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How to Fix Lawn Tire Ruts

By F.R.R. Mallory ; Updated September 21, 2017
Tire ruts in your lawn can be repaired.

Someone drove across your lawn, and it might have been you. Now your lawn has big tire ruts and it needs immediate repair. If your ruts happen during the winter when the lawn is dormant, you may want to wait until early spring to refill the ruts with top soil, knock down the edges and reseed at the same time you would normally seed your lawn. If you have ruts in a gorgeous summer lawn, an immediate repair may be a better choice.

Rake the sides of the ruts from the grass toward the middle of the rut. Use a garden shovel to even out holes or dips.

Add topsoil along the entire rut, and rake the top soil in. Allow for the depth of the sod you will replace.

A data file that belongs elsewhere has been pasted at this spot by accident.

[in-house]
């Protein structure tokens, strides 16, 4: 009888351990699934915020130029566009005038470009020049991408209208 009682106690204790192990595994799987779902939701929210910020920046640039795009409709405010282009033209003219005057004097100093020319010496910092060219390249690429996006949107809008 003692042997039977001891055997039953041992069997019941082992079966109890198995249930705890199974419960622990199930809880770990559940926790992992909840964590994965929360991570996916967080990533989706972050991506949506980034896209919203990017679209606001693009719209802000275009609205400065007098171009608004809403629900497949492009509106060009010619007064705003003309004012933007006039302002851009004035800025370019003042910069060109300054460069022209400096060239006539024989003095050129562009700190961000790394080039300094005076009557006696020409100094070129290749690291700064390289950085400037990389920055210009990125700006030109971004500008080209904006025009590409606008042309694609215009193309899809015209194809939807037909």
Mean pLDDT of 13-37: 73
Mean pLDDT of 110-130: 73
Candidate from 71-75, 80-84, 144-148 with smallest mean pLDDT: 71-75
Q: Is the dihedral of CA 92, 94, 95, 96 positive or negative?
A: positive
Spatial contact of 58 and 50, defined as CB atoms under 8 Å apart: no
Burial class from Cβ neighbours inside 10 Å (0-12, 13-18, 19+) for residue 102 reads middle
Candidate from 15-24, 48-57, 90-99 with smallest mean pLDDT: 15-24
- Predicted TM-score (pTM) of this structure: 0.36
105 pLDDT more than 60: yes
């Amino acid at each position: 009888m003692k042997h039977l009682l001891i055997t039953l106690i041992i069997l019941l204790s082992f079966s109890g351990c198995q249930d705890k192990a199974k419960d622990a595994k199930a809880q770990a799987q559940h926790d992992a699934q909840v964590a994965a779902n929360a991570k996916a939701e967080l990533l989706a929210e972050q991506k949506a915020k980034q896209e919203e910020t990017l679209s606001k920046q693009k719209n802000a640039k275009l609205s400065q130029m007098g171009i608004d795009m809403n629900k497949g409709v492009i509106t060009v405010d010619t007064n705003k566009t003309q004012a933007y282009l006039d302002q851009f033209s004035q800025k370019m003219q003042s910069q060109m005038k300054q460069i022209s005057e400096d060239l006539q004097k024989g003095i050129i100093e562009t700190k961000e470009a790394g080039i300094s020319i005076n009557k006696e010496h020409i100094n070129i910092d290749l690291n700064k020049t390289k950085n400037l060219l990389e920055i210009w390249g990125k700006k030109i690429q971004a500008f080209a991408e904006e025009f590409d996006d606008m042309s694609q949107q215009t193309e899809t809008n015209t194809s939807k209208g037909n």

Cut sod from a less visible portion of your lawn using a sod knife and transfer shovel. Press the sod into the repaired ruts so that the new lawn blends with the old lawn. Water in your sod, and keep all foot traffic off that part of the lawn for 2 to 3 weeks until the sod roots into the soil.

 

Things You Will Need

  • Garden rake
  • Garden shovel
  • Top soil
  • Transfer shovel
  • Heavy duty sod knife
  • Sod

Tip

  • Repeated tire ruts may require tilling the soil if it compacts and hardens. Consider installing landscaping that will prevent vehicles from accessing the lawn.

About the Author

 

F.R.R. Mallory has been published since 1996, writing books, short stories, articles and essays. She has worked as an architect, restored cars, designed clothing, renovated homes and makes crafts. She is a graduate of the University of California at Berkeley with bachelor's degrees in psychology and English. Her fiction short story "Black Ice" recently won a National Space Society contest.